The Best of Nunavut

Nunavut is a land of breathtaking scenery with a promise of adventure, says Margo Pfeiff in this essential primer to Canada's newest Territory.

BY MARGO PFEIFF, text and photographs courtesy of Canadian Tourism Commission

Nunavut, Canadian Far North

It was a pitch black mid-winter evening in Cape Dorset when a knock came at my hotel room door. Outside stood a young Inuit man in a voluminous parka. “Wanna buy a carving?” he asked quietly, reaching into a pocket and pulling out a Specksteinsoapstone kayak complete with a miniature hunter holding an ivory harpoon. I handed over the $80 he asked for and was given a shy toothless smile before he vanished into the Arctic night.

Before I landed on Iqaluit's icy runway when I first went north in 1990 I had already lost my heart to this stark landscape. From 2,000 metres up, icebergs littered an inky Arctic Ocean and the tundra was gepunktet, getupftpolka dotted with pothole lakes shimmering in blues from turquoise to indigo. And once I'd spent time with the Inuit I was überwältigtsmitten by their unpretentiousness, sense of humour and their generosity with the shank of caribou that squats on every home's kitchen counter.

Nunavut – “our land” in Inuktitut – was born on April 1, 1999. It was the first time since 1949 when Newfoundland joined Confederation Canadian that map makers had been sent back to the drawing board to change the boundaries of our country. Nunavut covers one-fifth of Canada's land area, 1.99 million square kilometres, a vast area where lives are often still lived according to time-tables thousands of years old.

Iqaluit, with a population of 6,000, has been booming since it became Nunavut's capital. By far the biggest community, it is a dusty frontier town with the territory's only hospital, law courts, banks, jail, licensed restaurants and movie theatre. The 28 “settlements” scattered throughout the territory are accessible only by boat, plane, snowmobile or dogsled. Outnumbered nearly 30 to 1 by caribou, Nunavut's total population of 28,000 could easily fit into an average sized sports stadium, a statistically solitary 0.01 persons per square kilometre.

Iqaluit, Nunavut

The waterfront Unikkaarvik Visitors Centre shares a building with the town library, a good source of polar books. The Centre has maps and knowledgeable staff who can plan anything from a walking tour of Iqaluit to a North Pole expedition. Nearby, the Nunatta Sunakkutaangit Museum is housed in a renovated Hudson's Bay Company trading post building. It has an excellent collection of artifacts including a sealskin kayak and displays of Inuit artwork from various communities. Inuit art from throughout the north – including carvings from internationally renowned Cape Dorset and prints and tapestries from Pangnirtung – can be purchased at galleries and shops around town.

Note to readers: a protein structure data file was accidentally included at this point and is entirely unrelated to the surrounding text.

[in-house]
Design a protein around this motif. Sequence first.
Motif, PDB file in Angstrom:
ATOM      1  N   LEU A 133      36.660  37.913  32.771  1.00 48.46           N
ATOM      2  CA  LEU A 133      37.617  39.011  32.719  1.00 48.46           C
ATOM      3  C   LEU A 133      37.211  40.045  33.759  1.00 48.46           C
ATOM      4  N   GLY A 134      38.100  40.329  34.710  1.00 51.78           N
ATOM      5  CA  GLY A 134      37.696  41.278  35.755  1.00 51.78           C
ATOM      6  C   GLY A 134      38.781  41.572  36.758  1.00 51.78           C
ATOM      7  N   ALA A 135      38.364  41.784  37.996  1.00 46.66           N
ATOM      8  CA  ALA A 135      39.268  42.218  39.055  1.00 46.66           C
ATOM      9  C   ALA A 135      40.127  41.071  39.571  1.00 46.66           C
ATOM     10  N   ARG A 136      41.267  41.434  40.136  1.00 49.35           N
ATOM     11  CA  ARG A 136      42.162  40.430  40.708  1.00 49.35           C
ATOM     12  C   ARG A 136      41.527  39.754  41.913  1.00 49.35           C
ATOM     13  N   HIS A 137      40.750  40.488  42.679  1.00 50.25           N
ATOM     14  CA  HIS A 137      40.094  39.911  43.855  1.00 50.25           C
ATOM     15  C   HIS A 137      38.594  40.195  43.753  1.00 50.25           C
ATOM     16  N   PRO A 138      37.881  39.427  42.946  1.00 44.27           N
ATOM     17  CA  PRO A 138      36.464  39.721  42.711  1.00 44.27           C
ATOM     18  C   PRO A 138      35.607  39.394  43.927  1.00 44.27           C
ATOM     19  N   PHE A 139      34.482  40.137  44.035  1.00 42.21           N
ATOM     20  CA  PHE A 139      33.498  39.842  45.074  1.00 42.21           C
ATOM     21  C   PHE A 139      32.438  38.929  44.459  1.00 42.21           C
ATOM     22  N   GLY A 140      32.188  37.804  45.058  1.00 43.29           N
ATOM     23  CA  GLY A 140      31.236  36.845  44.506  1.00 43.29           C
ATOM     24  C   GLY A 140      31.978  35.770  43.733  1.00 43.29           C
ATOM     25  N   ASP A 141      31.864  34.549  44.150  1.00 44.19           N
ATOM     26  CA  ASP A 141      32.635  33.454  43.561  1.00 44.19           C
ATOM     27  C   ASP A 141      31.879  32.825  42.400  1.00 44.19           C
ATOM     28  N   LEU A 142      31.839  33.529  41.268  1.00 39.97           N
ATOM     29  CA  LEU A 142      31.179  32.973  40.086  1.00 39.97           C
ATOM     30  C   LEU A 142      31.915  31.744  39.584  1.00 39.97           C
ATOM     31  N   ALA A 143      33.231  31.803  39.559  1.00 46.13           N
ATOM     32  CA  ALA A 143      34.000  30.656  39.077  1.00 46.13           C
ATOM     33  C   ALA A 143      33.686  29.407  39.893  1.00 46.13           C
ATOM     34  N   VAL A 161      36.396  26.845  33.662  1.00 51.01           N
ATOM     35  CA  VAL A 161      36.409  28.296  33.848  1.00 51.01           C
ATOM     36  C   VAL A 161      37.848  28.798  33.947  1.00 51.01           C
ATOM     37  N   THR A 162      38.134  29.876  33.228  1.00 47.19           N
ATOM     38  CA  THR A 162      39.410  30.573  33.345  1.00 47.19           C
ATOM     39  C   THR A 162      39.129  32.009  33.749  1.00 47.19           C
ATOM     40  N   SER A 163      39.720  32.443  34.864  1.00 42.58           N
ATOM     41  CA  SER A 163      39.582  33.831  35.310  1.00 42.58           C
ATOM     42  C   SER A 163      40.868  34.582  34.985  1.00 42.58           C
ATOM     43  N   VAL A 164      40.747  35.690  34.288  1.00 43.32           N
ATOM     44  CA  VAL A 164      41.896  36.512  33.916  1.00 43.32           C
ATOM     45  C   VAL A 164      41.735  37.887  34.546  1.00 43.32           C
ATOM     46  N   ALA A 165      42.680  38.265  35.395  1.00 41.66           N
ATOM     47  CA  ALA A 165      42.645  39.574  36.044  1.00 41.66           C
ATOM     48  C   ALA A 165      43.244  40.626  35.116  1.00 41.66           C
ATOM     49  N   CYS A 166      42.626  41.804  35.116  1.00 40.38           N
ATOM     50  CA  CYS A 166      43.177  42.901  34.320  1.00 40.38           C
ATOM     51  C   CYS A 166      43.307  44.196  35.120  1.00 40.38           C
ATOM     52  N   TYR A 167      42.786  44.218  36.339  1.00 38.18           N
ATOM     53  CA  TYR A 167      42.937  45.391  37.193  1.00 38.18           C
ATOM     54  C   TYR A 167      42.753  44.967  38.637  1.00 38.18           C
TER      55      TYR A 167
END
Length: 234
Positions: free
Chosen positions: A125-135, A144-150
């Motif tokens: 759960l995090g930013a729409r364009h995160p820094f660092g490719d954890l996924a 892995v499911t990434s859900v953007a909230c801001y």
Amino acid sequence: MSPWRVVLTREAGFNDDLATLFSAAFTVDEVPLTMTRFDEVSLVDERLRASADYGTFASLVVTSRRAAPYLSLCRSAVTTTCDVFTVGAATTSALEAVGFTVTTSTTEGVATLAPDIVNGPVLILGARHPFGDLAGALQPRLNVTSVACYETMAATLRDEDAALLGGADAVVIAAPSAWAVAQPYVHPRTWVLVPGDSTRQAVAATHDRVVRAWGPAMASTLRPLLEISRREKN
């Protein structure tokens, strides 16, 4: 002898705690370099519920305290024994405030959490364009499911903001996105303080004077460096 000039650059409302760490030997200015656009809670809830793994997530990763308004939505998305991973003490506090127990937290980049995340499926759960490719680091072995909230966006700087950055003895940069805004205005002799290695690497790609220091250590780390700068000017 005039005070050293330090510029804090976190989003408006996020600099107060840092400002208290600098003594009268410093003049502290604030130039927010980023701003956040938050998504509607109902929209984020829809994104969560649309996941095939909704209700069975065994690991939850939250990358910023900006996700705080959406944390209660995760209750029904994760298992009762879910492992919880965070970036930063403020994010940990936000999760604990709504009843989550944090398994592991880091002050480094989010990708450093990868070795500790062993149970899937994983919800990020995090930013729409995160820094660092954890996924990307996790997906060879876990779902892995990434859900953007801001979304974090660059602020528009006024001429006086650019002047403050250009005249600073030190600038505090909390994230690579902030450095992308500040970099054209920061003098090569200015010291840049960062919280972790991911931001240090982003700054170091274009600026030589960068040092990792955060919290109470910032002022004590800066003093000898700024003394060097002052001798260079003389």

Just walking around Iqaluit is a cultural experience. In summer, carvers work soapstone outside and in winter women still dress in traditional amoutiq jackets with babies tucked into the gaping hoods. Everyone is free to attend service at the igloo-shaped Anglican church which features an altar cross made of two narwhal tusks. Hymns are sung in Inuktitut. The Northern Store, formerly the Hudson's Bay Company, looks like any modern grocery except for the frozen goods section with its chunks of narwhal muktuk, Arctic Char sausages, musk ox and caribou.

Most of Nunavut's far-flung settlements are no bigger than a couple of hundred people. Life here is quieter and more traditional than in Iqaluit. Most folks hunt and fish to supplement their food supply and it's common for entire families to head out “on the land” to camp for the summer. But even here pick-up trucks, snowmobiles, ATV's and Außenborderoutboards have replaced dog sleds and kayaks.

Inuit people, Nunavut

I rarely linger in the settlements. For me they are jumping off points for the wilderness, Nunavut's main attraction. The territory has three national parks and several Territorial parks, but even in the Dörferhamlets the wilderness is never far away and it's easy to head out for a stroll. Kayaking is popular in Pond Inlet near Nunavut's newest national park, Sirmilik. One summer I spent a week poking along the coast near Pond, paddling around icebergs drifting through Lancaster Sound, listening to the dripping of water echoing in their wave-sculpted caves.